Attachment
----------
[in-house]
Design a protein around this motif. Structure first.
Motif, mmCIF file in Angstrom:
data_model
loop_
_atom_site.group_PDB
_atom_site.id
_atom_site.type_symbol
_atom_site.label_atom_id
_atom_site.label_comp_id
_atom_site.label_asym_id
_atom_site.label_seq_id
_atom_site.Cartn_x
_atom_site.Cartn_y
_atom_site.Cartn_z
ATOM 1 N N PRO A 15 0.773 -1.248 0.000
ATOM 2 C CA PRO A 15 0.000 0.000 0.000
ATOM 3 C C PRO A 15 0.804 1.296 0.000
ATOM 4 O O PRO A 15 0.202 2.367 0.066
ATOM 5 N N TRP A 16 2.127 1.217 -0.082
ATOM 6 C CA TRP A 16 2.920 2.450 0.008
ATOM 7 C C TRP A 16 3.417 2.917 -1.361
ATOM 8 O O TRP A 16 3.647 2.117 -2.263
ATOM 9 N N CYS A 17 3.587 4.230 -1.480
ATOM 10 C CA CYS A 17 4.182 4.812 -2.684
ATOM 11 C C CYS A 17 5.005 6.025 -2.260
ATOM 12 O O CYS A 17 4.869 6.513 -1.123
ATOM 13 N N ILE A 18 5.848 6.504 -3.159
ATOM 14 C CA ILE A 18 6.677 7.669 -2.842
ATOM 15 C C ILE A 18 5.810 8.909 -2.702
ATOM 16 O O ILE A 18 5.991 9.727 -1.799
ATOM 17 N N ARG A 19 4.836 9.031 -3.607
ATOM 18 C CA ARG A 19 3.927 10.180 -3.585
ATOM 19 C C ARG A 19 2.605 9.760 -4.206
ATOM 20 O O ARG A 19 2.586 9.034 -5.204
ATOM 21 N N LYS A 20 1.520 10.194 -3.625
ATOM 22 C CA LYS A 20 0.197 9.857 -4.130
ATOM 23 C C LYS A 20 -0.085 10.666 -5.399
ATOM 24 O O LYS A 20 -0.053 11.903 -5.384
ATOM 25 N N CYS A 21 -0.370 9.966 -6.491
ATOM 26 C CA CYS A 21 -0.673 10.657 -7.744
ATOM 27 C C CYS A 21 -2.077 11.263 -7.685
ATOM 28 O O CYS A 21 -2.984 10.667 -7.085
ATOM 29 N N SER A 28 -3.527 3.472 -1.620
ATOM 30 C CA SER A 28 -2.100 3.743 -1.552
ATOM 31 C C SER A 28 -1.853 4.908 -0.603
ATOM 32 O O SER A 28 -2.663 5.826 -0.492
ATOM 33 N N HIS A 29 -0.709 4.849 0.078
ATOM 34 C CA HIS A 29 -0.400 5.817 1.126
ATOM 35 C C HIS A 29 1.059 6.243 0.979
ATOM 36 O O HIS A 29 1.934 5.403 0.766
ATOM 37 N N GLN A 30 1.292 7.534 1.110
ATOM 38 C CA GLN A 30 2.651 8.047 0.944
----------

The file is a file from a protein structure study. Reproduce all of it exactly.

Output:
[in-house]
Design a protein around this motif. Structure first.
Motif, mmCIF file in Angstrom:
data_model
loop_
_atom_site.group_PDB
_atom_site.id
_atom_site.type_symbol
_atom_site.label_atom_id
_atom_site.label_comp_id
_atom_site.label_asym_id
_atom_site.label_seq_id
_atom_site.Cartn_x
_atom_site.Cartn_y
_atom_site.Cartn_z
ATOM 1 N N PRO A 15 0.773 -1.248 0.000
ATOM 2 C CA PRO A 15 0.000 0.000 0.000
ATOM 3 C C PRO A 15 0.804 1.296 0.000
ATOM 4 O O PRO A 15 0.202 2.367 0.066
ATOM 5 N N TRP A 16 2.127 1.217 -0.082
ATOM 6 C CA TRP A 16 2.920 2.450 0.008
ATOM 7 C C TRP A 16 3.417 2.917 -1.361
ATOM 8 O O TRP A 16 3.647 2.117 -2.263
ATOM 9 N N CYS A 17 3.587 4.230 -1.480
ATOM 10 C CA CYS A 17 4.182 4.812 -2.684
ATOM 11 C C CYS A 17 5.005 6.025 -2.260
ATOM 12 O O CYS A 17 4.869 6.513 -1.123
ATOM 13 N N ILE A 18 5.848 6.504 -3.159
ATOM 14 C CA ILE A 18 6.677 7.669 -2.842
ATOM 15 C C ILE A 18 5.810 8.909 -2.702
ATOM 16 O O ILE A 18 5.991 9.727 -1.799
ATOM 17 N N ARG A 19 4.836 9.031 -3.607
ATOM 18 C CA ARG A 19 3.927 10.180 -3.585
ATOM 19 C C ARG A 19 2.605 9.760 -4.206
ATOM 20 O O ARG A 19 2.586 9.034 -5.204
ATOM 21 N N LYS A 20 1.520 10.194 -3.625
ATOM 22 C CA LYS A 20 0.197 9.857 -4.130
ATOM 23 C C LYS A 20 -0.085 10.666 -5.399
ATOM 24 O O LYS A 20 -0.053 11.903 -5.384
ATOM 25 N N CYS A 21 -0.370 9.966 -6.491
ATOM 26 C CA CYS A 21 -0.673 10.657 -7.744
ATOM 27 C C CYS A 21 -2.077 11.263 -7.685
ATOM 28 O O CYS A 21 -2.984 10.667 -7.085
ATOM 29 N N SER A 28 -3.527 3.472 -1.620
ATOM 30 C CA SER A 28 -2.100 3.743 -1.552
ATOM 31 C C SER A 28 -1.853 4.908 -0.603
ATOM 32 O O SER A 28 -2.663 5.826 -0.492
ATOM 33 N N HIS A 29 -0.709 4.849 0.078
ATOM 34 C CA HIS A 29 -0.400 5.817 1.126
ATOM 35 C C HIS A 29 1.059 6.243 0.979
ATOM 36 O O HIS A 29 1.934 5.403 0.766
ATOM 37 N N GLN A 30 1.292 7.534 1.110
ATOM 38 C CA GLN A 30 2.651 8.047 0.944